Apart from his love of nature, Dudu had other hobbies. He loved music very much and taught himself to play guitar which he practiced for hours. His favorite band was Pink Floyd. In his early teenage years, he would go up to the roof with his telescope and look at the stars. Another hobby he developed was photography. He saw things, landscapes and objects, as only someone with the eye of a photographer could notice.

At the end of July 2000, Dudu enlisted in the IDF and became a combat engineering engineer. He participated in operational activities and filled various missions in Judea and Samaria - Tulkarem, Ramallah, etc. He often faced dangers and when his colleagues asked him to show greater concern for his own personal safety he'd say, "Don't worry about me, there is no chance that I will die in the dirt of the territories, but in Lebanon defending my homeland," He did not know how accurate his prediction would turn out to be.

His commanders always said that Dudu and the D9 bulldozer were one, like interlocking tools. Dudu was always calm and sure of himself.

After his release from the army, he fullfilled his dream of a taking a big trip abroad before going on to higher learning. "Youth is short and fleeting, it must be exploited, I can always learn," he said.

On July 12, 2006, Hezbollah terrorists opened fire along the northern border, under the cover of which they attacked an IDF patrol, killing, wounding and abducting two reserve soldiers: Sergeant Ehud (Udi) Goldwasser and First Sergeant Eldad Regev.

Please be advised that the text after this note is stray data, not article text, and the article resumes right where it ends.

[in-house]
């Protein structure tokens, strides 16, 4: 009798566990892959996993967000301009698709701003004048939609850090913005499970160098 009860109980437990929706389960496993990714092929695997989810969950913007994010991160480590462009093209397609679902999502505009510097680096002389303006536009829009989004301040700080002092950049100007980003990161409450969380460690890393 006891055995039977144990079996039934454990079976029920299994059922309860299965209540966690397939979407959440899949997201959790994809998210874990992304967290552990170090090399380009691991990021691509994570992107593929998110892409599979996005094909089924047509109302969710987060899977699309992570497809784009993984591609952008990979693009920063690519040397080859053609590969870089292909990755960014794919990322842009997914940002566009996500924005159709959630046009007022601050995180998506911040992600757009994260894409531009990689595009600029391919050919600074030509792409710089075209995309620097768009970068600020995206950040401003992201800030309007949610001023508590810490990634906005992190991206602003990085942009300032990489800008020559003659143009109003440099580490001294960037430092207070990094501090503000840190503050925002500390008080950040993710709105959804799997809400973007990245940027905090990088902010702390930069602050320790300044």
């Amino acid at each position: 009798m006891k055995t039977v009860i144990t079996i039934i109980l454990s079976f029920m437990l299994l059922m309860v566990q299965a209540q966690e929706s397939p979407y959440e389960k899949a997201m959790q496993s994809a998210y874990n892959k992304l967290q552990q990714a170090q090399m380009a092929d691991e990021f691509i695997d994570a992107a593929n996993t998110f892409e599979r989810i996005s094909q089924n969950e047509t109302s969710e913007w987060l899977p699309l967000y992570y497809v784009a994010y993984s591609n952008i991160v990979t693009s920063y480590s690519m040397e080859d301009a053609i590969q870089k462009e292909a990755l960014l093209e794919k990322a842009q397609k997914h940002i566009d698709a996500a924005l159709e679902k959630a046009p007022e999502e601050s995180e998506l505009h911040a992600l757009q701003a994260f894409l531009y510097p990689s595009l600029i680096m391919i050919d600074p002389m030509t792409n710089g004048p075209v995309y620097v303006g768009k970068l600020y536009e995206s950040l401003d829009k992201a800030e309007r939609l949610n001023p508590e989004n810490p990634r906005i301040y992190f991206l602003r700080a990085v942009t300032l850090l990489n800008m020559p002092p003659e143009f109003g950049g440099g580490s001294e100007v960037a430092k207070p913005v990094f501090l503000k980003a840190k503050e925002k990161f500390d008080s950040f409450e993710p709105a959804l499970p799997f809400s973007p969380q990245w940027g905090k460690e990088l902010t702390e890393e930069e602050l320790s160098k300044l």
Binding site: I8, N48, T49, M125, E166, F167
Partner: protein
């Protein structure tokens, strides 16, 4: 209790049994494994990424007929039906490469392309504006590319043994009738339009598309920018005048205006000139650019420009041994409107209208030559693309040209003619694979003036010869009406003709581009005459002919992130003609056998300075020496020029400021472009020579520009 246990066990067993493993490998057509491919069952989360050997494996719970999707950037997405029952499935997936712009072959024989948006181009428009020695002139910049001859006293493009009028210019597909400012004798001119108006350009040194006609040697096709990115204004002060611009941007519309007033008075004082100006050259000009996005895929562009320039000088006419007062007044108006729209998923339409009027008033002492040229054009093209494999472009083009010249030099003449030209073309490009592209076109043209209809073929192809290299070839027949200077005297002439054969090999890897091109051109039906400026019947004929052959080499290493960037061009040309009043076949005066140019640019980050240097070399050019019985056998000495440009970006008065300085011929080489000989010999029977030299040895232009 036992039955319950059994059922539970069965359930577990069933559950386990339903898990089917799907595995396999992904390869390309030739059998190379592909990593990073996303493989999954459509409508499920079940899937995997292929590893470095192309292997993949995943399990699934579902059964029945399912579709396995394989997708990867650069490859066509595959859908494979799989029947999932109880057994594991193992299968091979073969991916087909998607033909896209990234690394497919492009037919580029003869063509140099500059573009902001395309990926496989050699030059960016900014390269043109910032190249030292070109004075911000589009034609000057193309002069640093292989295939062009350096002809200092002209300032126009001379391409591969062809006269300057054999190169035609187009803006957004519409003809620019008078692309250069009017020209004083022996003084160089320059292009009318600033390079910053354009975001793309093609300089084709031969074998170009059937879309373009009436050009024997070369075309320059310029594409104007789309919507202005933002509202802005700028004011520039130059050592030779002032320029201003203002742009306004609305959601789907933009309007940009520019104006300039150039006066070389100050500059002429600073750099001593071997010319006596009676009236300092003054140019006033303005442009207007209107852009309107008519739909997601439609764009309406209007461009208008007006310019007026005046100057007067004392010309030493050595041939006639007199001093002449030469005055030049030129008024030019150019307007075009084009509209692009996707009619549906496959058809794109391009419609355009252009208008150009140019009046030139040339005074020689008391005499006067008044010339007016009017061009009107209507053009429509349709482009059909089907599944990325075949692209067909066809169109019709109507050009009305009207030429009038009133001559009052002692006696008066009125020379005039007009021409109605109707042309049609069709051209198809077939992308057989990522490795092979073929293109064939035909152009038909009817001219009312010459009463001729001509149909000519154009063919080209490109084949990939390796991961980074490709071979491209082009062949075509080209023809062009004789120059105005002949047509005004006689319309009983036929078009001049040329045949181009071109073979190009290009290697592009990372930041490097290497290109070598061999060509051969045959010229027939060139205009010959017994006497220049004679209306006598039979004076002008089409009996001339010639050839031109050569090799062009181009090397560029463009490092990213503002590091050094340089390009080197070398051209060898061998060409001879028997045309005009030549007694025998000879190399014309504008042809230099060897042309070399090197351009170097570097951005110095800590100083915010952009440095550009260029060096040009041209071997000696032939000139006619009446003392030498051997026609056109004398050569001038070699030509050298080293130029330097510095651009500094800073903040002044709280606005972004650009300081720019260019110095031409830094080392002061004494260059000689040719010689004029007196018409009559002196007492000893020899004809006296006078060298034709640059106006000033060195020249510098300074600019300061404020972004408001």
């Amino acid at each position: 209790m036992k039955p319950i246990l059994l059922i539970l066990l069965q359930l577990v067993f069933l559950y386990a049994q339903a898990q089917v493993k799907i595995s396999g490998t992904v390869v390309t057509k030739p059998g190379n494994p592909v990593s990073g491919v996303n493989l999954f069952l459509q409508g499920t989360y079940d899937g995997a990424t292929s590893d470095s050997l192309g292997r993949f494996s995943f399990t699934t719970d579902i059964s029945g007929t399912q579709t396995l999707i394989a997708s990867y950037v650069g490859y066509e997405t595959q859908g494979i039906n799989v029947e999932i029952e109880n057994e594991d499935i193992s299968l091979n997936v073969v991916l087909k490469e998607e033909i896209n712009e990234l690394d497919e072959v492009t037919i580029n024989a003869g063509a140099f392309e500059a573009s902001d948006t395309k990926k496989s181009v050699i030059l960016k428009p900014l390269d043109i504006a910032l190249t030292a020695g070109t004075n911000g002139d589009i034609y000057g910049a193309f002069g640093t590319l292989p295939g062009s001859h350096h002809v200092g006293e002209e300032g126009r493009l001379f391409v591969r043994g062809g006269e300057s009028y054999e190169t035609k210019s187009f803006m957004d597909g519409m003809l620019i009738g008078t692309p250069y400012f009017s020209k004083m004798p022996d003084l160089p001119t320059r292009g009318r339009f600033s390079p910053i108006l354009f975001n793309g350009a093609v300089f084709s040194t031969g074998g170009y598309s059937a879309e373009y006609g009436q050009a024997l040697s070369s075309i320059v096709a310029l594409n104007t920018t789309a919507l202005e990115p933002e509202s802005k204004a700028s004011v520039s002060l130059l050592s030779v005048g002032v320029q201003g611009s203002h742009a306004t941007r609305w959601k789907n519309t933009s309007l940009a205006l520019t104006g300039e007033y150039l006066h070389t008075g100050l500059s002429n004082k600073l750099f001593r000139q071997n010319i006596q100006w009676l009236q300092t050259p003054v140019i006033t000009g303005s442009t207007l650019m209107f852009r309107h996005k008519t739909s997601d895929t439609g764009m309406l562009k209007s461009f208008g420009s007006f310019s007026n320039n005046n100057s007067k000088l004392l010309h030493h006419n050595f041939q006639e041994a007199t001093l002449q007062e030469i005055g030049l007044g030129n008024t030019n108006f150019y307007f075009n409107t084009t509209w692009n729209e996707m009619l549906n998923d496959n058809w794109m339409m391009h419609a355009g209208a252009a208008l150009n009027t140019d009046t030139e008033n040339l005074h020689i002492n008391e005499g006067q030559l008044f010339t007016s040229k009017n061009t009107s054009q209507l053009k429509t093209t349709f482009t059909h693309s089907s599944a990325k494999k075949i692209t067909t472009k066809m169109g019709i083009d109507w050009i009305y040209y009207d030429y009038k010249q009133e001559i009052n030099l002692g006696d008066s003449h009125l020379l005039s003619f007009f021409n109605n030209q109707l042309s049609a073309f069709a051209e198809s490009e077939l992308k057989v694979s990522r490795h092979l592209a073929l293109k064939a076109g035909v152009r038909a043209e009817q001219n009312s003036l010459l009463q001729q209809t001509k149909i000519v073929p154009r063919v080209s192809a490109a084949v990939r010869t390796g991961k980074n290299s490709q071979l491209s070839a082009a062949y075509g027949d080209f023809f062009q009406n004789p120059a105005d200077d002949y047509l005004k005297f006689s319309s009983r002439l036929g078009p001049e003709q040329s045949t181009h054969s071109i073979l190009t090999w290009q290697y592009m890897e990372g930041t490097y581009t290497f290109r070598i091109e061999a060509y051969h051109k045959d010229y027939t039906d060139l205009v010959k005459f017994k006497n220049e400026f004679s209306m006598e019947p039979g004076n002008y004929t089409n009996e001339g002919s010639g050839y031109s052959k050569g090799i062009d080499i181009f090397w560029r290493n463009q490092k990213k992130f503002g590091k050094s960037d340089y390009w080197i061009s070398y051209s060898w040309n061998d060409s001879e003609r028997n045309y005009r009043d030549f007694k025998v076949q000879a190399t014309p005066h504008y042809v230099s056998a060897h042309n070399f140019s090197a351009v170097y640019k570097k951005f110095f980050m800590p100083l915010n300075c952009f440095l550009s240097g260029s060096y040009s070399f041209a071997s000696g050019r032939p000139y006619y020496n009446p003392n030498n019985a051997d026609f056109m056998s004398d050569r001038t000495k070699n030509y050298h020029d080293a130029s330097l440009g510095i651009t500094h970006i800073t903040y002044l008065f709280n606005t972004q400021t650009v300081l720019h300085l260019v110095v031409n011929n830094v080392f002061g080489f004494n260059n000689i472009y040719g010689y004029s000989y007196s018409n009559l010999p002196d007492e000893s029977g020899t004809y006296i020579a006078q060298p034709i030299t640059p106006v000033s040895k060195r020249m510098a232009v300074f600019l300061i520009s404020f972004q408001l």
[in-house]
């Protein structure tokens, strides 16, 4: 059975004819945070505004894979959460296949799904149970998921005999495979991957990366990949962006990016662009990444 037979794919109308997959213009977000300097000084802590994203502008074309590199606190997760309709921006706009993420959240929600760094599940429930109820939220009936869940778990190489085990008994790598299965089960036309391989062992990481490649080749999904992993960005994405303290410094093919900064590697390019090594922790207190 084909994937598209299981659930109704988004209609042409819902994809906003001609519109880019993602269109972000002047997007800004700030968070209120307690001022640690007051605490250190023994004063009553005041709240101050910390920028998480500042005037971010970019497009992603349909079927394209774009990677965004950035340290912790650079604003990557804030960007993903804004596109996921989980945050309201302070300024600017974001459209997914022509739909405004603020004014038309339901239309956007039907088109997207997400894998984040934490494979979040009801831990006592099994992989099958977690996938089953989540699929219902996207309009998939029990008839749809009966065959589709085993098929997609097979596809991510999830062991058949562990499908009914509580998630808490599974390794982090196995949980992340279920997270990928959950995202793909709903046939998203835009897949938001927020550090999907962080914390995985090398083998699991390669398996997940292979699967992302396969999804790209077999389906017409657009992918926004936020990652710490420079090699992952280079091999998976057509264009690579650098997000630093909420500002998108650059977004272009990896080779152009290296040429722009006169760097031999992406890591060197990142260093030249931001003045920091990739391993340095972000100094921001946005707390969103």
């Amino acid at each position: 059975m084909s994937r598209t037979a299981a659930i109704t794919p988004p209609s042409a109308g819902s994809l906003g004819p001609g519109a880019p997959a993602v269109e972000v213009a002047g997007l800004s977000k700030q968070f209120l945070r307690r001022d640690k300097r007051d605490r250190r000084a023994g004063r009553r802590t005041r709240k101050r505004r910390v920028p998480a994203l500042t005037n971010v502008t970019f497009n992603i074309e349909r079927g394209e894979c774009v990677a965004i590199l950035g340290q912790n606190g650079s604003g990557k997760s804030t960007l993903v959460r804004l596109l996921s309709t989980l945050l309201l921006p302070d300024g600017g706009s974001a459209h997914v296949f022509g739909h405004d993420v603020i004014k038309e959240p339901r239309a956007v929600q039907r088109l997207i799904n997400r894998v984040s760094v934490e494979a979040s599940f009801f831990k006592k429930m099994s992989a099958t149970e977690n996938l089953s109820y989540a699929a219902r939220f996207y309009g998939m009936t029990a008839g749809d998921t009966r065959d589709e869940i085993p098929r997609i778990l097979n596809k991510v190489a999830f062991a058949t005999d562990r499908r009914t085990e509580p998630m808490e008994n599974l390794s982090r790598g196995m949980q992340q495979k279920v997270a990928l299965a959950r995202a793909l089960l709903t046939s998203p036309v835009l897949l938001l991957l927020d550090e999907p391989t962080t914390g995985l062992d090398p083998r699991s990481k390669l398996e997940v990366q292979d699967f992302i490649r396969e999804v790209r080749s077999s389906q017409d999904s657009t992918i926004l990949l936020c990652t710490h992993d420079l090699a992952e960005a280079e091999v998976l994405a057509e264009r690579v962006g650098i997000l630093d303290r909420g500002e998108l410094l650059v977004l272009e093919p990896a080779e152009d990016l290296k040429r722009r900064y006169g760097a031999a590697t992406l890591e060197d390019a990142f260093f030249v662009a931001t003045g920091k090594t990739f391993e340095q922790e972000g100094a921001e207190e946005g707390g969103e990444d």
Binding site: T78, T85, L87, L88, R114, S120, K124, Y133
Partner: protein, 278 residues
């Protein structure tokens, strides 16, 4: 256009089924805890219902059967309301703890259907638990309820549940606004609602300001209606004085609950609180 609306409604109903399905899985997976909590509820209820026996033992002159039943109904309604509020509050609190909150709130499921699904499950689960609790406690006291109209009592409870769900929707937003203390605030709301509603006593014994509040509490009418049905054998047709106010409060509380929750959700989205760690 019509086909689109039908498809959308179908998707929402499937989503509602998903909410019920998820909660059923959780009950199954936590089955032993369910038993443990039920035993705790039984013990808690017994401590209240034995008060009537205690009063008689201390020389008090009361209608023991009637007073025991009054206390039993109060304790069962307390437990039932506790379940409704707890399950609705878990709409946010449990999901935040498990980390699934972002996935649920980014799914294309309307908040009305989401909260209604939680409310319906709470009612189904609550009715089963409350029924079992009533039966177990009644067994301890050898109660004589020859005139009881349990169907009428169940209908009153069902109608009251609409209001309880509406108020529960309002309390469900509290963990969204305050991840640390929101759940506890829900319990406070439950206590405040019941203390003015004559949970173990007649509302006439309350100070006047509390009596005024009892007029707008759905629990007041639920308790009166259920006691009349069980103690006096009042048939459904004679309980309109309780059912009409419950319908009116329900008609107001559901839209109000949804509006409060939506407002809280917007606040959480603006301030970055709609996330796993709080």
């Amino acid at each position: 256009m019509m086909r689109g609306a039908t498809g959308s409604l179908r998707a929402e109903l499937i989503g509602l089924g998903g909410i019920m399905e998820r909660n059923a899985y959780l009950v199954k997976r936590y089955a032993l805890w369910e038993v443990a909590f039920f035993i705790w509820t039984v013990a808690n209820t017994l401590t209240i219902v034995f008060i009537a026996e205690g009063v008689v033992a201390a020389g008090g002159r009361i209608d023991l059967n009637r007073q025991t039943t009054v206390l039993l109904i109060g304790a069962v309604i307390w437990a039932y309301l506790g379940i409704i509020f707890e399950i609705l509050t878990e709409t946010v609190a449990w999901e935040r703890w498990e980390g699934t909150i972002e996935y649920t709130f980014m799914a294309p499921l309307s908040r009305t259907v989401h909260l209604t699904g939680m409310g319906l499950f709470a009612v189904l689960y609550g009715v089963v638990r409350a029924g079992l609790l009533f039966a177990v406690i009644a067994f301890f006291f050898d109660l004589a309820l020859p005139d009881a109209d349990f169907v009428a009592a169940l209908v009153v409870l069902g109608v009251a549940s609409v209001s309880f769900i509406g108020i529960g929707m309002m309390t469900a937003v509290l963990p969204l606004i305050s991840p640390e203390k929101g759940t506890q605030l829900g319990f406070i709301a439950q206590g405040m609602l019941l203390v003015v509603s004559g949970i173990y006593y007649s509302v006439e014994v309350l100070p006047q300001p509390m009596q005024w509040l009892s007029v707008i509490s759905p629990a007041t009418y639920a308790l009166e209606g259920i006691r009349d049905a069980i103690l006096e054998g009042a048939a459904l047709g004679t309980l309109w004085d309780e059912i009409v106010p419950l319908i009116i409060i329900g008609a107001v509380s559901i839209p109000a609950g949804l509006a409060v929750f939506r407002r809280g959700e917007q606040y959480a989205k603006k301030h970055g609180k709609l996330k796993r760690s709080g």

Following the kidnapping of the soldiers and the fall of eight more soldiers, the Israeli government decided to embark on the Second Lebanon War. On July 19, 2006, a week after the abduction and after many Katyusha rockets had been fired on Israel by Hizbullah, the ground attack began in elite units.

When the war broke out and they still had not called him for reserve duty, Dudu was impatient as he was eager to do his duty to defend Israel. On July 24, 2006, the time came, and he and his unit arrived in Lebanon. Ironically, his life was taken in a fraction of a second by a tool he felt so safe with.

Dudu fell in battle in southern Lebanon on the eve of the cease-fire, on August 13, 2006. He was killed in the village of Qantara by a missile that hit the D9 bulldozer he was in while on his way to open the road for the IDF forces in Wadi Saluki. With him was Sergeant Yevgeny Timofeyev who also died in the attack.

Dudu who grew up and lived in the north of Israel, was killed for the sake of protecting his home. He was only twenty-five years old. He was laid to rest in the military cemetery in Kiryat Shmona. He is survived by parents, three sisters and a brother. After his fall he was promoted to the rank of sergeant. On his grave, the words were engraved: "And as a tree planted on streams of water, its fruits shall be given in its time a son, a brother and a beloved friend."

May his memory, and those of all Israel's fallen soldiers be for a blessing.

Story and photo provided by WIZO Nahalal

Translated by Yonatan Sredni